Tennessee’s congressional delegation responded mostly along party lines to President Obama’ s speech on jobs and the economy.
Post Tagged with: "Economy"
Bass sideman Alison Prestwood practiced hard to perfect her craft, and followed her musical ambitions to Nashville in the early 90s. But when Music Row’s fortunes flagged, she learned a new instrument: the law.
A chief economist from Fifth Third Bank says that the number of new business openings in Tennessee is gradually approaching the number of closings.
When the housing bubble burst, building contractor Alec Winter discovered a fallback: an older, simpler way of living that helped him get through his leanest year yet.
Real-estate agent Rob Wagner had to downsize his lifestyle and take on a second job after the bottom dropped out of the real estate market. But he’s happy wth the change and feels fortunate to have a second source of income.
At 64, artist Cece DuBois took a job at a grocery store to make ends meet. But she still finds creative work to do– namely, infecting others with her joie de vivre. You can share your story of transition at
In a changing music economy, some Nashville artists are learning to diversify.
Consumer confidence in Middle Tennessee is on the rise, but it won’t necessarily translate into more spending.
Tennessee Senator Bob Corker has a trademark presentation on the federal budget deficit, which he delivered for what he says was the 45th public time last night in Nashville. While some in the audience were receptive, afterward others took the live broadcast as a chance to criticize Corker on talk radio.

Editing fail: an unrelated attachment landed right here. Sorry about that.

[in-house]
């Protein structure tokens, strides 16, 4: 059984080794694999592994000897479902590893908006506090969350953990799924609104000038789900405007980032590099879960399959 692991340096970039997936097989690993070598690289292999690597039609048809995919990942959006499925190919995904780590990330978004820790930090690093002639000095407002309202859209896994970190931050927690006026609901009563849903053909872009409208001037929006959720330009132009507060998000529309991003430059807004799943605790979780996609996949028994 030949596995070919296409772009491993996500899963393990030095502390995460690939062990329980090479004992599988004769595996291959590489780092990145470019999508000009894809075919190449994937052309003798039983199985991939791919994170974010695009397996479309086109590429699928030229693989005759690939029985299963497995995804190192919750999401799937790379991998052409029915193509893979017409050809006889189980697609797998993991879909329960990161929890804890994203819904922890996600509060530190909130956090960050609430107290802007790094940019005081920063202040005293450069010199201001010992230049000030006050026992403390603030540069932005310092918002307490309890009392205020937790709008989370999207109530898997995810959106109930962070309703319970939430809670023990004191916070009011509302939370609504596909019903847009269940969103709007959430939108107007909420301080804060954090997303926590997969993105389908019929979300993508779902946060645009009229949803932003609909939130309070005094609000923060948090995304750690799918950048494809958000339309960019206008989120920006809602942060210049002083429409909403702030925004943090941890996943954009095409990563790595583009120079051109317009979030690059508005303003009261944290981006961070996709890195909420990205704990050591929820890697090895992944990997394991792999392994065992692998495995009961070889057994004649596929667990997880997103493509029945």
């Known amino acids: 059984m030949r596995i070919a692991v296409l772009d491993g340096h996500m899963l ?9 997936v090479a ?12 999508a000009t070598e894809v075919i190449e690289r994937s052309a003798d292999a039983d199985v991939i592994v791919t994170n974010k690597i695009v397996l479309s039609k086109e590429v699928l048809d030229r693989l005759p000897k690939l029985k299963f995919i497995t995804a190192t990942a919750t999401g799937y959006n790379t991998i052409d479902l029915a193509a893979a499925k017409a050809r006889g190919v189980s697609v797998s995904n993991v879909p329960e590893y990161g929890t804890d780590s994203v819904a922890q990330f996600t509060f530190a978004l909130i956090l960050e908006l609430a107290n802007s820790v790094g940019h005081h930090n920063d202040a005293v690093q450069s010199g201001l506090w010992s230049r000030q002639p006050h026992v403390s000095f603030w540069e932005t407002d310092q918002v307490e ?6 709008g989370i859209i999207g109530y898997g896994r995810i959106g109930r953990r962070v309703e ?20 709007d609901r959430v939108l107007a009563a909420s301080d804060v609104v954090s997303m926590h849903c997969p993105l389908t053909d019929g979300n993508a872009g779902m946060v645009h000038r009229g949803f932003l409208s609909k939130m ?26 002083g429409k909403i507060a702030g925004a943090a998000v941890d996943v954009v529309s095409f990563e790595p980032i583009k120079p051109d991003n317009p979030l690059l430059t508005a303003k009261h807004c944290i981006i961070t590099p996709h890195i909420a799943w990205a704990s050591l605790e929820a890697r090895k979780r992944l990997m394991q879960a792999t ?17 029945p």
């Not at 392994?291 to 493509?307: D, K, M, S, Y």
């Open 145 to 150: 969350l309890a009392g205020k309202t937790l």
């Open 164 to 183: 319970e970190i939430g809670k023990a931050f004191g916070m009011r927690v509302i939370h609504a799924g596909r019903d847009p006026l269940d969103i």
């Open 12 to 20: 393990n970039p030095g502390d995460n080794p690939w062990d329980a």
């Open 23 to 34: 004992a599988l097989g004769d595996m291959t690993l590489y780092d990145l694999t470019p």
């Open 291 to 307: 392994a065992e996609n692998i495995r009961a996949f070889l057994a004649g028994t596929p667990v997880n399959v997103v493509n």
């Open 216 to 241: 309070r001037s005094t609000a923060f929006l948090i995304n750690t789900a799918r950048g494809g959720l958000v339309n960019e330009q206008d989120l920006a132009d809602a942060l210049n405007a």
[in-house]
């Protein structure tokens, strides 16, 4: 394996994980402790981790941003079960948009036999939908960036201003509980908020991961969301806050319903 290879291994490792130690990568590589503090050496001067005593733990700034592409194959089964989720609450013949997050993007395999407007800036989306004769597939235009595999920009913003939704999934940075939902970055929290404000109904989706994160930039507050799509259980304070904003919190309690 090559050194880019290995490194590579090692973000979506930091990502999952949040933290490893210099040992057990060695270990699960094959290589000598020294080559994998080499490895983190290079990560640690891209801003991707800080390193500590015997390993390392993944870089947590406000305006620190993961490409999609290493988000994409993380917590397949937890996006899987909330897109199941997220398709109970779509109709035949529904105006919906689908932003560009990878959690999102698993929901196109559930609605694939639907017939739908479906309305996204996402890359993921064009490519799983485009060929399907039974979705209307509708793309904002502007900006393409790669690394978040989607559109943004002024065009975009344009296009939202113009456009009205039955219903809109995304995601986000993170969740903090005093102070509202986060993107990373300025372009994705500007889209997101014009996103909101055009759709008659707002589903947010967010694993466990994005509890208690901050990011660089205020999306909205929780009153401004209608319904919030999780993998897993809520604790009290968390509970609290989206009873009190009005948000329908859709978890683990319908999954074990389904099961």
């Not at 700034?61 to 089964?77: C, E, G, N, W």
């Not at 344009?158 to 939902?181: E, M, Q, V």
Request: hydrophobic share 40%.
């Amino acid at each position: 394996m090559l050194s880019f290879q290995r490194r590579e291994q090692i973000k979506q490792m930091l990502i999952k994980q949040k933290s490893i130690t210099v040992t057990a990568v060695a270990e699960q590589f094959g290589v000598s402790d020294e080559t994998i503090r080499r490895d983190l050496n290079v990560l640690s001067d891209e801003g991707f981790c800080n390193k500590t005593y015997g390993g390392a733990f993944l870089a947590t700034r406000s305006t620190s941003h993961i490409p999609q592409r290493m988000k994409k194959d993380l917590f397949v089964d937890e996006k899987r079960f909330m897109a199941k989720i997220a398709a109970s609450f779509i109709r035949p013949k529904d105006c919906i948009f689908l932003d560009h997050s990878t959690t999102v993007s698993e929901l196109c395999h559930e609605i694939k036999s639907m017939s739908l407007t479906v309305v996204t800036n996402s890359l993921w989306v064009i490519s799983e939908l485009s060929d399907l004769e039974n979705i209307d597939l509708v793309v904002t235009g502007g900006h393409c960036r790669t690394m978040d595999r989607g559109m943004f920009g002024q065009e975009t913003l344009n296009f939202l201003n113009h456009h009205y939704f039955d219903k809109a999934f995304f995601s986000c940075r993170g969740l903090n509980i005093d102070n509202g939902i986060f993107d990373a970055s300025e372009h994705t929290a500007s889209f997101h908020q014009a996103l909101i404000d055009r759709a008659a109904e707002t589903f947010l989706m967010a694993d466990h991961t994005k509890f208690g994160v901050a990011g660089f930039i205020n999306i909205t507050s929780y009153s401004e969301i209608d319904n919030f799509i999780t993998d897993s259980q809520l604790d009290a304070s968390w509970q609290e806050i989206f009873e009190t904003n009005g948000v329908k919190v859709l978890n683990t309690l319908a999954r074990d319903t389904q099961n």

An auto supplier that makes parts for Nissan and Volkswagen announced today they’ll open a plant in Shelbyville.
For the second year in a row, a state report shows hundreds of thousands of dollars are missing from Tennessee’s counties. Some shortages are the result of sloppy accounting, but more often it’s been stolen by government officials or employees.
Two candidates for the Republican nomination for governor traded jabs over a state income tax during campaign stops in Middle Tennessee Wednesday.
The Tennessee Valley Authority is making far less electricity today than it thought it would need to if the economy hadn’t cooled down over the last few years. Because of that lull in demand, officials say they’re not depending as much on some of TVA’s less efficient power plants. And they’re thinking about which ones they might replace.
Federal stimulus dollars for fighting unemployment in Perry County are set to expire at the end of September. After that, state officials aren’t yet sure how many of the program’s 400 workers will be able to hold on to their jobs.
Governor Phil Bredesen says Tennessee could’ve created more jobs if it had been given a freer hand in spending federal stimulus dollars. He says federal rules dictating where and how to spend most of the money made it hard for the state to get the best bang for its buck.
Tennessee’s four major candidates for governor took sharply different stances on retirement plans for teachers at a forum yesterday held by the state educators’ union.
Next year’s budget won’t be much different from the current one, which one official says is remarkable given the city’s economic situation.
State officials called the news “encouraging,” saying they hope it marks the beginning of a recovery. But with two months of taxes to go this budget year, the state’s general fund stands 170 million dollars below estimates.
Hundreds of people looking for work in counties south of Nashville will soon have another option. That’s after an organization that treats mental health and addiction received a 5 million dollar stimulus grant to help funnel people who are out of a job into healthcare training.
School Custodians and Bus Drivers Speak Out at Public Hearing;Some Metro Council Members Sympathize, but Budget Moves Ahead
Last night Metro council members took a step toward approving a budget for next year. The decision came even as members heard from school bus drivers frustrated to have their hours cut, and school custodians angry over being outsourced.